Style of Walt Whitman’s Poetry

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Style of Walt Whitman’s Poetry

Style of Walt Whitman's Poetry

Style of Walt Whitman’s Poetry

Style of Walt Whitman’s Poetry

Generally, the word ‘style’ means the manner or fashion or mode of representing something. But in literature, the word ‘style’ indicates the manner or mode of sentences including the rhythms, prosody, cadences, figures, symbols and technique through which the matter of a piece of literature is expressed or represented. Style is not the structure; because ‘structure’ includes the way of arrangement or composition of the matter or thought of a piece of literature. But style includes the manner or way of arranging the sentences including the words employed to them through which the matter or thought is represented and thus the thought gets a body collectivity. As there are many poets and writers so there are many styles. To say discriminately the style differs from poet to poet, writer to writer and even the style of a piece of literature differs from another piece of literature of the same genre by the same author. But there are some writers whose writing styles differ apparently from that of others. Walt Whitman was an American poet who began his literary career, especially as a poet with innovation both in thought and style—which were strange and a miracle without any precedent. His style i.e. the language which includes sentences with rhyme, prosody, figures, symbols etc. was his own and own alone. Walt Whitman’s philosophy was anti-conventional and he, in everything and in every aspect of life, advocated natural freedom with natural brotherhood and mystic interpretation of life. And to invoke his natural freedom, he invented a new style of expressing his new outlook towards life as Srimanta Sankardeva of Assam who invented a new language called Bhajrabali to preach the creed and teaching of his religion i.e. Neo Vaishnavism.

Walt Whitman’s sentences are generally long, full of adjectives that run from one to another as spontaneously as the shower of rain or like the rippling of a brook. For example, we can quote the following lines:

‘Walt Whitman a kosmos of Manhattan the son,

Turbulent, fleshy, sensual, eating, drinking and breeding.

No sentimentalist, no stranger above men and women 

or apart from them.”

Sometimes he uses so many adjectives to express the sensuous feeling that proves him that he had a skilled sway over words like Shakespeare. As for example:

‘Sex contains all bodies, souls

Meaning, proofs, purities, delicacies, 

results, promulgations, songs, commands, 

health, pride, the maternal mystery, the seminal milk.

All hopes, benefactions, bestowals all the passions, 

loves, beauties, delights of the earth.

All the governments, judges, gods, followed persons 

of the earth.”

In the above-quoted lines, besides the affluent use of adjectives, he has used no connective words before the adjectives.

His sentences are long and through a sentence, he tries his best to convey a single feeling completely and sometimes he achieves success, and sometimes he fails and begins another sentence to convey the same feeling.

In some of his best poems, he uses alliteration with success which imparts an extra cadence to the recitation of his poems. The poem entitled ‘Pioneer! O Pioneer!’, he makes ample use of alliteration, such as—

i. O restless, resistless race.

ii. The mighty mother mistress.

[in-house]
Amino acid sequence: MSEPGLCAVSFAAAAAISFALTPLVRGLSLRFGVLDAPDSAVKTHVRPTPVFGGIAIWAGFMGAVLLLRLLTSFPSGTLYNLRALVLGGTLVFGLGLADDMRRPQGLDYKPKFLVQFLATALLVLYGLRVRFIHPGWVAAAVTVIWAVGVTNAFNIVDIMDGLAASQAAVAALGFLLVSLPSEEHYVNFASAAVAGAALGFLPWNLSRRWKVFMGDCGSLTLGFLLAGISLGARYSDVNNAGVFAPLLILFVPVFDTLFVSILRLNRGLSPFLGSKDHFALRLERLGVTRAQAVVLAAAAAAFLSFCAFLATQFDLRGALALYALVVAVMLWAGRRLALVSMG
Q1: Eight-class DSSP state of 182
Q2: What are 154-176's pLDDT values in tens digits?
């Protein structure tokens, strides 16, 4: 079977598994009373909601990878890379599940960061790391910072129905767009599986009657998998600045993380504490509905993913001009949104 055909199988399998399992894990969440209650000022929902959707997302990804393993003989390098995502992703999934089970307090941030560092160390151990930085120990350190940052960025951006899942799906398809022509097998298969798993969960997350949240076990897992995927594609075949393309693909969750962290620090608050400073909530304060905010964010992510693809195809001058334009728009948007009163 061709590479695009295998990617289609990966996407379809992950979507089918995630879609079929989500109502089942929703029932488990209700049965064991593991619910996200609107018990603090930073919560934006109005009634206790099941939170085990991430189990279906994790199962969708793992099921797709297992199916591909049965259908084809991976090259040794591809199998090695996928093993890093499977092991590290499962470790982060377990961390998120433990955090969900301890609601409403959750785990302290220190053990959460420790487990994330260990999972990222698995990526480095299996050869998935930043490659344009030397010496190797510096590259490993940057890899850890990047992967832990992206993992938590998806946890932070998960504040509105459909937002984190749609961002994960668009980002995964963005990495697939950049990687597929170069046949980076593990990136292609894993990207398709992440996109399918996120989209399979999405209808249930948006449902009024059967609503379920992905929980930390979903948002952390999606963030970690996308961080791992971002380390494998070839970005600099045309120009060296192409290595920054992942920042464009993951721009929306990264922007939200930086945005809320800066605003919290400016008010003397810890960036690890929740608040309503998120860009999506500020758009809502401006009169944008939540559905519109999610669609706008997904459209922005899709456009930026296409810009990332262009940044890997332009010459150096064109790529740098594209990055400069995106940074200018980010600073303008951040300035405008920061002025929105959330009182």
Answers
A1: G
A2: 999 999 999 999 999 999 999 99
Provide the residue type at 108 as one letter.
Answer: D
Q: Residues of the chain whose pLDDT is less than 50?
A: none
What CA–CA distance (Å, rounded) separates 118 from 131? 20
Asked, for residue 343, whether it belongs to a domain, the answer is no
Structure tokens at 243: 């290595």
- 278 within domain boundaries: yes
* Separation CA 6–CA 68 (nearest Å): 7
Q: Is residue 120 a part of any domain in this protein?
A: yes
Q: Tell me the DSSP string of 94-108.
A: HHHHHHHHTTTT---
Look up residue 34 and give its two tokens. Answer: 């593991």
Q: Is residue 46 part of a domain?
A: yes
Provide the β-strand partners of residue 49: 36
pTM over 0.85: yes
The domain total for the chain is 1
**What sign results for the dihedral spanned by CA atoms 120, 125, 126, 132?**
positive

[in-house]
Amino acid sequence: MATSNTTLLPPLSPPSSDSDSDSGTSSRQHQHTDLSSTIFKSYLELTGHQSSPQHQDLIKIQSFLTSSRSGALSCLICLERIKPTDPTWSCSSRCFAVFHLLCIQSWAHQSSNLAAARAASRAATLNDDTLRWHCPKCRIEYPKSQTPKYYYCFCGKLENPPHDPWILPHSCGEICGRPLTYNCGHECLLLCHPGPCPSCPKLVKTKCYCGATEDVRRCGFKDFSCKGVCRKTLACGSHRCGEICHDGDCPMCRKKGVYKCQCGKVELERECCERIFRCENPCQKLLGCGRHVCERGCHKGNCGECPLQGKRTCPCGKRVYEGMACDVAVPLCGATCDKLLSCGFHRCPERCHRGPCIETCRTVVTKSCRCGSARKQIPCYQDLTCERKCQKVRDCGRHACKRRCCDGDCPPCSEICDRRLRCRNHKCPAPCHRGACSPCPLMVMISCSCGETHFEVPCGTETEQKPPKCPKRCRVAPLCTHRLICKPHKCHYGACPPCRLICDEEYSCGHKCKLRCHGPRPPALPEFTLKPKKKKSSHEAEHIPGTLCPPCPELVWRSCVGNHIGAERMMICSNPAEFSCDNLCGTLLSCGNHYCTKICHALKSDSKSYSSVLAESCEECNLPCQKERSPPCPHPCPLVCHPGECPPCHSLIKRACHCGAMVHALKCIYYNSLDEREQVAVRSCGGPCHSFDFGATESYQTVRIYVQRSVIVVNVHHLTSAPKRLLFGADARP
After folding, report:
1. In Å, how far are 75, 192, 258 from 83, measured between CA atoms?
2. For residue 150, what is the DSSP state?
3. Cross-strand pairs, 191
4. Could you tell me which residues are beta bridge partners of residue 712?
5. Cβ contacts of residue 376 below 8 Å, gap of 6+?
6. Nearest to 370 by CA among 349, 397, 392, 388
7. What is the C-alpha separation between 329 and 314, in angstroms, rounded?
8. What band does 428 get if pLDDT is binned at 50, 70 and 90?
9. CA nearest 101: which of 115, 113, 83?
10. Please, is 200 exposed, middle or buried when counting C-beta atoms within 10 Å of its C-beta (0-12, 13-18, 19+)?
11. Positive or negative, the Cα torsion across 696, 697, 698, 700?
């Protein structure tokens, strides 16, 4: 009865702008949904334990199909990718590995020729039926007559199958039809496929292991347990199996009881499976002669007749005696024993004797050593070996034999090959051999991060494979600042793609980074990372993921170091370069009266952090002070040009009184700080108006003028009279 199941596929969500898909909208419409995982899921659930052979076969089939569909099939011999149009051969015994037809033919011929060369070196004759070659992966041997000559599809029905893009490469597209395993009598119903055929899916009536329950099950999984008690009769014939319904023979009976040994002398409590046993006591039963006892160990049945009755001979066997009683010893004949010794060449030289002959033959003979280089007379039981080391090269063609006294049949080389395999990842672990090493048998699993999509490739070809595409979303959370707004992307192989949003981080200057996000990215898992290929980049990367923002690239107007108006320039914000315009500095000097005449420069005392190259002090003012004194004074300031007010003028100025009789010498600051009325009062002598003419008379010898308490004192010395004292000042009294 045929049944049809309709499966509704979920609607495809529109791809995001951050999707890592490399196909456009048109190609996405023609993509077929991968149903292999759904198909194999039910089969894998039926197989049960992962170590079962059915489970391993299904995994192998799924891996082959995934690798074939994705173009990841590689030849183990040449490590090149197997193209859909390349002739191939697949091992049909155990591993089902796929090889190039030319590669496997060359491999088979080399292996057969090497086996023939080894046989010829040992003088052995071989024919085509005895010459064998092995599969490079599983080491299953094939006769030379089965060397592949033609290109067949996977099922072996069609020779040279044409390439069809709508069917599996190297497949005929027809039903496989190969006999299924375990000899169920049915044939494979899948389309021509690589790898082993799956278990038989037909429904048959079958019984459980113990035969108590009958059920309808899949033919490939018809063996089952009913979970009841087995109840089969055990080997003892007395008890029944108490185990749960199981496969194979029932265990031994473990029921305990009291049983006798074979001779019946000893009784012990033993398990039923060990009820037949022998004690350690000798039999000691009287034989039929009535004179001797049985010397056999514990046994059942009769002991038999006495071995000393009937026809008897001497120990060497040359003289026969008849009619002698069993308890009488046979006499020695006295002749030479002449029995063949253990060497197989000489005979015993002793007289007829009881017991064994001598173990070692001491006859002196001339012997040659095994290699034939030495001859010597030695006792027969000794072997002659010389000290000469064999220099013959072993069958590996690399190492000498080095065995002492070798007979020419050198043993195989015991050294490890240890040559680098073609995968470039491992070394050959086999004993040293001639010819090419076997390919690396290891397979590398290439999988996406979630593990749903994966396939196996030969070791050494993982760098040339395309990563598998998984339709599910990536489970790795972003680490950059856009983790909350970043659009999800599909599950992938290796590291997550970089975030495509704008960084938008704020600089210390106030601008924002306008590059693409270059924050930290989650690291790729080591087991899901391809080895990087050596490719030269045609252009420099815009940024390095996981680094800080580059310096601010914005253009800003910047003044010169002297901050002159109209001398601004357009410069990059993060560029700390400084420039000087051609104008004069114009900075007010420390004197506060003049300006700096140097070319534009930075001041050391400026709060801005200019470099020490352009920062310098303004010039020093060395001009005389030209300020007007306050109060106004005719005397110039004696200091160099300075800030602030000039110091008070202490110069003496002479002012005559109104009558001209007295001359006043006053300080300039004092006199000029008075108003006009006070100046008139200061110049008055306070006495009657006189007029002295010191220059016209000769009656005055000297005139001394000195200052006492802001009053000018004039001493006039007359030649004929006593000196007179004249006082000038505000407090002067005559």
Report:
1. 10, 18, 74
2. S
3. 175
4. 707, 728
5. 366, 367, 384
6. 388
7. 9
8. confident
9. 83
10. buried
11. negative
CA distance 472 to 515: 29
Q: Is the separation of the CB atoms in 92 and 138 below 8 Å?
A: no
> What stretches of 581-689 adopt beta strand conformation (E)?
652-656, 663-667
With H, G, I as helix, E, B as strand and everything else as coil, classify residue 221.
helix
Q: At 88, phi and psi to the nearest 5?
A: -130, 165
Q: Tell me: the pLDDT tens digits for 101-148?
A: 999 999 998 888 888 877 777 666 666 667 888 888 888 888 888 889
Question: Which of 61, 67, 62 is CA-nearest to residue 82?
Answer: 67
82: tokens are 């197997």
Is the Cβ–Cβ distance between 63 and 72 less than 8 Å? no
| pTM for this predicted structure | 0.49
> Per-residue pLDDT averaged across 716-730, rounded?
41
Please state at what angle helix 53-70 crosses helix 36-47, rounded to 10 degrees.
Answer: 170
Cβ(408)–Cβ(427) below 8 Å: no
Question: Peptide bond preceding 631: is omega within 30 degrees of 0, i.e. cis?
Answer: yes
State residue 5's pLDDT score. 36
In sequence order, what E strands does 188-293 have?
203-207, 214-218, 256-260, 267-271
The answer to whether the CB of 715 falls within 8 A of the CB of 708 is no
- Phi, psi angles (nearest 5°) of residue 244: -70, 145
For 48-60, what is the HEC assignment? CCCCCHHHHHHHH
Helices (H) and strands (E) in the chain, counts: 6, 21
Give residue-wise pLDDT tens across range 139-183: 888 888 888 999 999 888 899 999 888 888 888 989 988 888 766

iii. We primeval forests felling.

iv. Do the feasters, gluttonous feast.

v. We the surface broad surveying. 

In the composition of his sentences, there is a huge use of felicitous phrases, such as— ‘tan-faced children’, ‘Sharped-edged axes’, ‘darling blowing orb’, ‘newer mightier world’ etc.

In his writings, there are ample historical and mythological references that have made his imageries spacious. Such as—

”Cross out please those immensely overpaid accounts,

That matter of Troy and Achilles’ wrath and Aeneas’

Odysseus’ wanderings.”

Walt Whitman cares for no rhythm and prosody in arranging the words in a sentence. But yet, his sentences are full of natural cadences and inter rhymes. We can take the following sentences at random to examine how his sentences bear cadences within themselves:

 i. I wander all night in my vision stepping with light feet,

 swiftly and noiselessly stepping and stopping.

ii. I dream in my dream all the dreams of the other dreamers.

And I become the other dreamers.

The use of the symbol is one of the most striking features of his style. He often takes natural objects and attributes certain natures both of man and God to them and shows them in a new enlightened form. In the ‘Song of Myself’, he has attributed a mass of symbolic meaning to a piece of grass. He  says:

”I guess it must be the flag of my disposition,…….

Or I guess it is the handkerchief of the Lord

………………………………………………

Or I guess the grass is itself a child

Or I guess it is a uniform hieroglyphic.”

Walt Whitman, as the quoted lines prove, desired to be an originator of a new style through which he might reveal something appealing to all universally.

In the brief to say, Whitman’s language is neither prosaic nor poetic but between the two. His language and manner of representing the sentences bear the strange and peculiar characteristics which render him peculiarity as a poet of a new order. He is strictly individual in his style. Many poets after him have come under his influence but none succeeds in imitating him completely. 0 0 0 Style of Walt Whitman’s Poetry

Style of Walt Whitman’s Poetry

N.B. The article ‘Style of Walt Whitman’s Poetry’ originally belongs to the book ‘Walt Whitman’s Poetry A Thematic Study‘ by Menonim Mennimus. Style of Walt Whitman’s Poetry

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I am Menonim Menonimus, a Philosopher & Writer.

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